Although Hawthorne scholars inform us that the immediate source for Hawthorne's story of King Midas was Charles Anthon's A Classical Dictionary: Containing an Account of the Principal Proper Names Mentioned in Ancient Authors, his ultimate source, one well known, apparently, to a few illustrators of "The Golden Touch," was Ovid's The Metamorphoses. Ovid gives two accounts of him, the first involving his befriending of Silenus, who, in traveling with Dionysus to enjoy the wine-god's visits amongst this followers, hoists far too many cups and ends up in King Midas's gardens. After ten days of reveling with Silenus, perhaps matching him cup for cup, Midas restores Silenus to Dionysus, who, in gratitude, pledges to honor any request Midas makes of him. However sorrowful he may be with Midas's wish that everything he touches turns to gold, Dionysus grants it. At first delighted with his power of transforming all he touches to gold, Midas soon grows sad and disillusioned, for he can't eat or drink because food and water become gold; even wine itself can't wet his thirsting lips and throat, for, it, too, is gold. Learning from his mistake, he prays that Dionysus remove what now is a curse. Pitying him, Dionysus does suggest a remedy. If Midas will leap into the river Pactolus, he will be cleansed. Naked, he jumps into the river, which indeed cleanses him but henceforth finds itself beautified with golden sand.

Ovid's second tale about King Midas gives an account of his turning to nature following his hard-won lesson that riches won't bring happiness. He becomes an admirer of Pan, a mistake, as things turn out, for as a judge in a music contest between Pan and Apollo, Midas declares Pan the winner. His choice offends Apollo, who punishes him by causing the ears of an ass to sprout from his head, ears that King Midas tries to conceal by wearing a purple turban. That Hawthorne (or at least Eustace Bright, the narrator of "The Golden Touch") knew this account appears in the dismissive remark of Eustace: "And though he once was fond of music, (in spite of an idle story about his ears, which were said to resemble those of an ass,) the only music for poor Midas now, was the chink of one coin against another" (VII, 41).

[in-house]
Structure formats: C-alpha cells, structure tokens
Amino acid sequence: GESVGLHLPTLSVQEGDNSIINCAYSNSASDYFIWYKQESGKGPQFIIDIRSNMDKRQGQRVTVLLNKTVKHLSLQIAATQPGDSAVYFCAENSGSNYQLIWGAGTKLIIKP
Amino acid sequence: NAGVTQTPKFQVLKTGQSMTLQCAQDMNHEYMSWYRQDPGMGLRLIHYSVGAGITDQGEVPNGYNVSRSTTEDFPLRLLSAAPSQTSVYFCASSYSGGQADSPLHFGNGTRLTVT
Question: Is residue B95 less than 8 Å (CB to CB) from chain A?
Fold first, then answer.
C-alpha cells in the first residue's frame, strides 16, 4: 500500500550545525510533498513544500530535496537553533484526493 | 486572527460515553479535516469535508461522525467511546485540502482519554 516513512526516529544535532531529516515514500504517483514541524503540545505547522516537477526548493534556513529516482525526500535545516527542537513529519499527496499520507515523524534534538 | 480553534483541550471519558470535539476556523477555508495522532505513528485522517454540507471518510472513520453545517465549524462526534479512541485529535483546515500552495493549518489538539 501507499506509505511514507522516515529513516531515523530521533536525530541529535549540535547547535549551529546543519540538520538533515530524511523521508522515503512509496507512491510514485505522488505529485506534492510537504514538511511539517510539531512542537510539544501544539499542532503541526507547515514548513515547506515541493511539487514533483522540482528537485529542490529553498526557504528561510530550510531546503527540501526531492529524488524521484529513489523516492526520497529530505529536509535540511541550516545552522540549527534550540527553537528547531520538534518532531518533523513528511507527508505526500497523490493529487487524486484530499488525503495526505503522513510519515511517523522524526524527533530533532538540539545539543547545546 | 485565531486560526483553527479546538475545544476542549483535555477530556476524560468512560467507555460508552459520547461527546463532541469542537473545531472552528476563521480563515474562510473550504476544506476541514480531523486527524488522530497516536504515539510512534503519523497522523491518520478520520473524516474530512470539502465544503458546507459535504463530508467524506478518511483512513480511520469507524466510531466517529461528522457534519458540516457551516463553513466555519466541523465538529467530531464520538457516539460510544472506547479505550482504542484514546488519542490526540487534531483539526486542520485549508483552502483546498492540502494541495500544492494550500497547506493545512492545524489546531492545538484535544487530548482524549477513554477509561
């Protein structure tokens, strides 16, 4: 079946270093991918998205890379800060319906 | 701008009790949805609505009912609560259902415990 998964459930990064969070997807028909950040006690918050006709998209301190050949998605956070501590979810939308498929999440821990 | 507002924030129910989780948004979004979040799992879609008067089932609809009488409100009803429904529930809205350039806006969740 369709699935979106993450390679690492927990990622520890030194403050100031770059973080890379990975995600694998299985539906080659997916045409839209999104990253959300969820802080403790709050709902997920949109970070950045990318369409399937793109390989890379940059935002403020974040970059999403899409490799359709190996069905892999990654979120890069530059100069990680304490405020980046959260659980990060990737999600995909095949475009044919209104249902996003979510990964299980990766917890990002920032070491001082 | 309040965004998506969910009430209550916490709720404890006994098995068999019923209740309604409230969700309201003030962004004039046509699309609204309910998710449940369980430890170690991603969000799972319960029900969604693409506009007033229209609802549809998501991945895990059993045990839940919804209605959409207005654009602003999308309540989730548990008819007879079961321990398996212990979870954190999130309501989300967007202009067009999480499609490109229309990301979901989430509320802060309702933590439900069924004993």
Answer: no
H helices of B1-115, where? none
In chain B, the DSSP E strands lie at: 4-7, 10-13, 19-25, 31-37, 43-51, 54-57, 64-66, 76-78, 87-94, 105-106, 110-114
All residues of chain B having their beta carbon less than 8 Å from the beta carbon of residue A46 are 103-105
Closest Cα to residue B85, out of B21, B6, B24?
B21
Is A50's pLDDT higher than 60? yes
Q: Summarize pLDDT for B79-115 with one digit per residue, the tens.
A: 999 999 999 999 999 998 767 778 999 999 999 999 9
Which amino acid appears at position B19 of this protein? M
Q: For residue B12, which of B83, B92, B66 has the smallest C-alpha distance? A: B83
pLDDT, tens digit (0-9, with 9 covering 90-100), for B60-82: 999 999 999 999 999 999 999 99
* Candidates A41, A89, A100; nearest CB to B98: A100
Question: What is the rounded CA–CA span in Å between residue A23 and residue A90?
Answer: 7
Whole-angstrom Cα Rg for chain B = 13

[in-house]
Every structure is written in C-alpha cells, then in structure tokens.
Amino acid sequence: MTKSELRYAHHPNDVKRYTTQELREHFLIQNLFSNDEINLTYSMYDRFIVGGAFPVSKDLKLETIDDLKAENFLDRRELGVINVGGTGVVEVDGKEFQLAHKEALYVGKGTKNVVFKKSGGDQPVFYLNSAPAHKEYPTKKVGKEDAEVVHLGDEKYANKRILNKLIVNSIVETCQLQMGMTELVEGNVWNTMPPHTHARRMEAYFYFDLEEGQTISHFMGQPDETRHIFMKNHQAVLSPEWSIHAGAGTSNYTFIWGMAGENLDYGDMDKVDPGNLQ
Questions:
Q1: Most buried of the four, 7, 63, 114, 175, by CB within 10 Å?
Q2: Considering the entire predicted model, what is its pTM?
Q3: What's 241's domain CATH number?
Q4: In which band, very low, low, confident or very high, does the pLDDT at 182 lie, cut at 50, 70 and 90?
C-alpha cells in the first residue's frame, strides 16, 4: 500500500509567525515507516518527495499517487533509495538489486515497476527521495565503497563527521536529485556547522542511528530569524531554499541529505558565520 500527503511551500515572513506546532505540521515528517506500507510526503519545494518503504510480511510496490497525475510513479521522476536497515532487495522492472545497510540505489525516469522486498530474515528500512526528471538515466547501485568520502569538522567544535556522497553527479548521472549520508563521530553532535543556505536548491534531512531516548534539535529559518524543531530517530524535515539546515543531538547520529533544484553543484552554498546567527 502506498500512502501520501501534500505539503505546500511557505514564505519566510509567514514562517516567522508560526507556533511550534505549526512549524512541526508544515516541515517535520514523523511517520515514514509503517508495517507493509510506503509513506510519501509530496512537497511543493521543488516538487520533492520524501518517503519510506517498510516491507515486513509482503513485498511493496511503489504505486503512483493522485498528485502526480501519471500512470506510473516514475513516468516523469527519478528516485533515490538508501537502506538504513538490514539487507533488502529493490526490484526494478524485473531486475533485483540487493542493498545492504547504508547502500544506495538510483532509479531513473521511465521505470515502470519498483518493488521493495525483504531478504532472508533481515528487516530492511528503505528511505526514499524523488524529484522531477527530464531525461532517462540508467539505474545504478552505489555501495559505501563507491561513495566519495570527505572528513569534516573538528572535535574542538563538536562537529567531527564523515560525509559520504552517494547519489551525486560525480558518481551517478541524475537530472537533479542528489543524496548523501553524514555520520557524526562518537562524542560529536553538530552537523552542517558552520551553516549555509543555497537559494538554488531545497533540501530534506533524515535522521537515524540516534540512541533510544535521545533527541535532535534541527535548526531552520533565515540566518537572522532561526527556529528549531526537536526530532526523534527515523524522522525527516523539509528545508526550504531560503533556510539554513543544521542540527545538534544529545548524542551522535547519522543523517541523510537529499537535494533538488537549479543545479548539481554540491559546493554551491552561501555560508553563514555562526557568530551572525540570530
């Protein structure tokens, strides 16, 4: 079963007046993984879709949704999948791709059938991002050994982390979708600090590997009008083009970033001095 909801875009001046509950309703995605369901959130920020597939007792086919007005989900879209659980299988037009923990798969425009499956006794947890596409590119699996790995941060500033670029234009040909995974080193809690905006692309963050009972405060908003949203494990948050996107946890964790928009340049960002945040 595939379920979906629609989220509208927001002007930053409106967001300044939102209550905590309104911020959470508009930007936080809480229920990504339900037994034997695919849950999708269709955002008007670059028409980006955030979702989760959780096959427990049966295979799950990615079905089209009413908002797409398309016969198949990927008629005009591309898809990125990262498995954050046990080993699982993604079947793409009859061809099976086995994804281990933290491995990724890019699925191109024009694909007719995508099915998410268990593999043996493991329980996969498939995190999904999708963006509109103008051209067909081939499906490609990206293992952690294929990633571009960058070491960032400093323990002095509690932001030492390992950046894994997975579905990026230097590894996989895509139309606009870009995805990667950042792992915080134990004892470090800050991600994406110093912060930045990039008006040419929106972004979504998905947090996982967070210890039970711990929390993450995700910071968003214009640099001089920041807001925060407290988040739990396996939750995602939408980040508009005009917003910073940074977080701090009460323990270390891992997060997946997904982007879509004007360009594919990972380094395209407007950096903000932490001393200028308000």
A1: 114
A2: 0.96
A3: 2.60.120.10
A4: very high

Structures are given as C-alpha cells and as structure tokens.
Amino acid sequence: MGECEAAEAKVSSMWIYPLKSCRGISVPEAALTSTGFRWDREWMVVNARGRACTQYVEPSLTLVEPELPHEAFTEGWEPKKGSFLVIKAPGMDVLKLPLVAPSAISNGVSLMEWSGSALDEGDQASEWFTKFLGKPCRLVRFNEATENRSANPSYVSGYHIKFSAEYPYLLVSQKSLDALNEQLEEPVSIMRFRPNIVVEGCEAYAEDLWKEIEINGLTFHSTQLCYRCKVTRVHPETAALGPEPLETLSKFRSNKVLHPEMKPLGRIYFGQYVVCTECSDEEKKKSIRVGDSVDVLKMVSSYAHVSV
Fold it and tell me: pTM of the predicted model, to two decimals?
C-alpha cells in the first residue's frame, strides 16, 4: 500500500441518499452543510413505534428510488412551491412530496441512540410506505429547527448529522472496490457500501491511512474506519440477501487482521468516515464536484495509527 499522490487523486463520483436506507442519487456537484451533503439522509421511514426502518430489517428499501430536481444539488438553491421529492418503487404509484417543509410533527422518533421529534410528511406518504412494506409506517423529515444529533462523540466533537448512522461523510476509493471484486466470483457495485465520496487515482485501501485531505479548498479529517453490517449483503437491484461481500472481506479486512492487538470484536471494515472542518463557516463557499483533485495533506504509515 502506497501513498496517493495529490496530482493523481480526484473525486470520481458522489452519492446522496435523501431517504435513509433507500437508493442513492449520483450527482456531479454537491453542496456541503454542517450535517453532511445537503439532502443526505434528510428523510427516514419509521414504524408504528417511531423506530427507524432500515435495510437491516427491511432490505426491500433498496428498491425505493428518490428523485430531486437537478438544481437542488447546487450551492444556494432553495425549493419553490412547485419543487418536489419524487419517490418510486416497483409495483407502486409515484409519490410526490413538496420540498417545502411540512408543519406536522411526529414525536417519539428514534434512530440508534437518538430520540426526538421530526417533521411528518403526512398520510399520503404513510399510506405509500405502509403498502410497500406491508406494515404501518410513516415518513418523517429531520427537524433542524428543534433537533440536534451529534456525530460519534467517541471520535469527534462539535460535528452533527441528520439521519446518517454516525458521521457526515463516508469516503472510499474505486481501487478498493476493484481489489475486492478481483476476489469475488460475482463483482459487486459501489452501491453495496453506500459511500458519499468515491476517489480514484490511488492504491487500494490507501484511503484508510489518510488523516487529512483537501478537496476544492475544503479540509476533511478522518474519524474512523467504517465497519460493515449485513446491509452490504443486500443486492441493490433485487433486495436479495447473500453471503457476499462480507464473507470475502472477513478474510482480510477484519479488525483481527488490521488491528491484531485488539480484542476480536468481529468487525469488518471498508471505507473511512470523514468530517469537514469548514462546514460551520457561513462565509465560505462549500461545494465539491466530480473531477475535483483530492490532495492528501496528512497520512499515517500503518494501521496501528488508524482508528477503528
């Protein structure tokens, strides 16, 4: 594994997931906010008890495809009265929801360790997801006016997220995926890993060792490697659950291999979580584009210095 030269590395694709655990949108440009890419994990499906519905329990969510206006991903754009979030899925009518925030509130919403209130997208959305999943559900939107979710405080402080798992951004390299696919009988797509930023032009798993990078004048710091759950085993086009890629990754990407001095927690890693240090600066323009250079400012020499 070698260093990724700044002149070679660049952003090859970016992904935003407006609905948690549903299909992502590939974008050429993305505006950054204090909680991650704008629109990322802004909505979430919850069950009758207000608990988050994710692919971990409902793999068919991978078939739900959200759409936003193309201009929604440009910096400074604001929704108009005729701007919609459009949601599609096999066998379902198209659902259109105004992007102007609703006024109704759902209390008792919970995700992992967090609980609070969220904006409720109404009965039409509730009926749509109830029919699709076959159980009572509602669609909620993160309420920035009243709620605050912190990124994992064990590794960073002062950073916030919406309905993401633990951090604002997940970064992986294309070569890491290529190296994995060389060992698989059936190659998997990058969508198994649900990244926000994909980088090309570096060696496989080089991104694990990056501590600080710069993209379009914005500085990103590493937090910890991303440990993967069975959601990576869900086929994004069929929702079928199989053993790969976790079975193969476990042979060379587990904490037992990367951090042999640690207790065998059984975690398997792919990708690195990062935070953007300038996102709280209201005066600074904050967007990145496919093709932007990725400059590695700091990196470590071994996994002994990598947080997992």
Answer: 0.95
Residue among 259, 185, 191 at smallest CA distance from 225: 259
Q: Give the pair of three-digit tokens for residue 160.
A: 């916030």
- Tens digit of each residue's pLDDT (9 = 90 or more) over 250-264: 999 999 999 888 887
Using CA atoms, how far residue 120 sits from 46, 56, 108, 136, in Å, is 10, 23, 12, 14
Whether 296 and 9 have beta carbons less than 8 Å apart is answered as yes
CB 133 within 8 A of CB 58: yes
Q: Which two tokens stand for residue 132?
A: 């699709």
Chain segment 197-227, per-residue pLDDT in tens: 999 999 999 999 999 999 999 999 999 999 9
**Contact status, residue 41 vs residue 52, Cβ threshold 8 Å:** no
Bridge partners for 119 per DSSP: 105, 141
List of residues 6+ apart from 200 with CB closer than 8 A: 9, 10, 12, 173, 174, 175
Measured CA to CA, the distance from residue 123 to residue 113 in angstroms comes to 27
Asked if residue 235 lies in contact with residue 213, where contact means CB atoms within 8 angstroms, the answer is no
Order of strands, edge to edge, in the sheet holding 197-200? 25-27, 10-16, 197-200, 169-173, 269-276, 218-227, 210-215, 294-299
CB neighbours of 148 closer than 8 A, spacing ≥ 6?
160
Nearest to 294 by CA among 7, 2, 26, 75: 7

Ovid says nothing about any children, much less a sprightly daughter named Marygold. She is the invention of Eustace, whose delight in naming children we see in his choice of Clover, Sweet Fern, Buttercup, and Primrose for his young auditors. Hawthorne takes a similar delight in christening his collegiate narrator, for "Eustace" derives from Greek and means "rich in corn" or "fruitful." As his narrative opens, Eustace declares that Midas "had a little daughter, whom nobody but myself ever heard of, and whose name I either never knew, or have entirely forgotten. So, because I love odd names for little girls, I choose to call her Marygold" (VII, 40). She will become a motivating factor in King Midas' life--for she inspires his monomaniacal obsession to acquire wealth and brings on his deepest regret for his folly after his touch has trans- muted her to gold. And, of course, she figures prominently in the art work of illustrations of this tale.